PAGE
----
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One of the legs that has the foam padding can be unscrewed. The ball head on the other hand can also be unscrewed along with the head mount allowing both to be screwed together to become a monopod. The head mount and the ball head are secured with a small allen key so that they will not come apart accidentally when unscrewing from the tripod. The whole process should take less than 1 min as the length of each thread is quite long; not the often advertised 5 seconds conversion time. The length of the monopod is quite disappointing. The height of the monopod + ball head is just a tad below my jaw. With my camera on it, the viewfinder reached to the height of my mouth (when I’m not wearing shoe). This will ultimately lead to backache if shooting over long period while standing. Shooting while sitting down such as in football matches will be no problem. As the main purpose of the tripod is for travelling, I won’t really complain.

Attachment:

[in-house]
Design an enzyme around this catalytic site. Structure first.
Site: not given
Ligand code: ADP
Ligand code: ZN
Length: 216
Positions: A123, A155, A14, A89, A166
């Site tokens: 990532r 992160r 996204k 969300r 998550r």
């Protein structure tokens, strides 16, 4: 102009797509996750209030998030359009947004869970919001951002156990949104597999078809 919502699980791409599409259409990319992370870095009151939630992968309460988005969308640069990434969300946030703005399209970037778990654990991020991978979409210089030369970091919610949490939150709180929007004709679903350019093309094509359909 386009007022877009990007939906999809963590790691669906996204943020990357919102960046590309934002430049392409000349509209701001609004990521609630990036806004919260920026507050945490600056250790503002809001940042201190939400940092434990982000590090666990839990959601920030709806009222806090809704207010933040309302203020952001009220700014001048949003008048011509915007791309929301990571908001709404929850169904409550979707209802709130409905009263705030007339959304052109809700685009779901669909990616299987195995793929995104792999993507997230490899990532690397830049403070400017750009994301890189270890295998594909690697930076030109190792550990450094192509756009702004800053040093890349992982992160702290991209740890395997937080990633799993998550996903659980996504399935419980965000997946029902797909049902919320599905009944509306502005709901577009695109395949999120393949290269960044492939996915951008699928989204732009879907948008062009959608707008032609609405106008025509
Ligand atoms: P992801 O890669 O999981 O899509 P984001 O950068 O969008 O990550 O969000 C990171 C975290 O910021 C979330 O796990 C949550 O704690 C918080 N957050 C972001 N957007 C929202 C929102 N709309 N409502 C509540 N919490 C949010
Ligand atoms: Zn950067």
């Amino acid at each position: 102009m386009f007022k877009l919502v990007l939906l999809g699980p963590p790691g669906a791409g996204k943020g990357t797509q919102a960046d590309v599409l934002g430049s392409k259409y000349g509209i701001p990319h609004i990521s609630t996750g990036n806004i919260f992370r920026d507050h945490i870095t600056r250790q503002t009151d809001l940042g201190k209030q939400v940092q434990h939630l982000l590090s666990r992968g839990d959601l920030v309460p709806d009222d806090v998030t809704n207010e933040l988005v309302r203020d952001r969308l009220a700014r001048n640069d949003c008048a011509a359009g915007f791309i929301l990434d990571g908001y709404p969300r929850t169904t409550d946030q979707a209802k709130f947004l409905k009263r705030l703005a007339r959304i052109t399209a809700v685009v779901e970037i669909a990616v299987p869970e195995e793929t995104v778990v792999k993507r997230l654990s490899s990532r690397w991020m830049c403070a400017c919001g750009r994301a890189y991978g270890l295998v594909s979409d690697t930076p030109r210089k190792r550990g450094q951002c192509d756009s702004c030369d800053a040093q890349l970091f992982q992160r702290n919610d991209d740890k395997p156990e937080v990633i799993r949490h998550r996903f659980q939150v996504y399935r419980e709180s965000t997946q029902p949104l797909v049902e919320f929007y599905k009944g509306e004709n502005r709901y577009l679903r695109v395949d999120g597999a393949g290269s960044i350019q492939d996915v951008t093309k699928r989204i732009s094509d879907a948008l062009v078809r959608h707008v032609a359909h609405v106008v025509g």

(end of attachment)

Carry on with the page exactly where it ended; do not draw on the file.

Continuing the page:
The legs are tightened so strongly that it’s quite hard to open and close the legs. The leg also has a small catch that allows you to adjust how wide you want to open the legs to. Use the provided allen key to tighten or untighten the legs to your desire. However, untightening it too much will make your tripod unstable and the screws to become easily loose after some use. By the way, the screws are nicely stamped with the word Benro on it.
Quality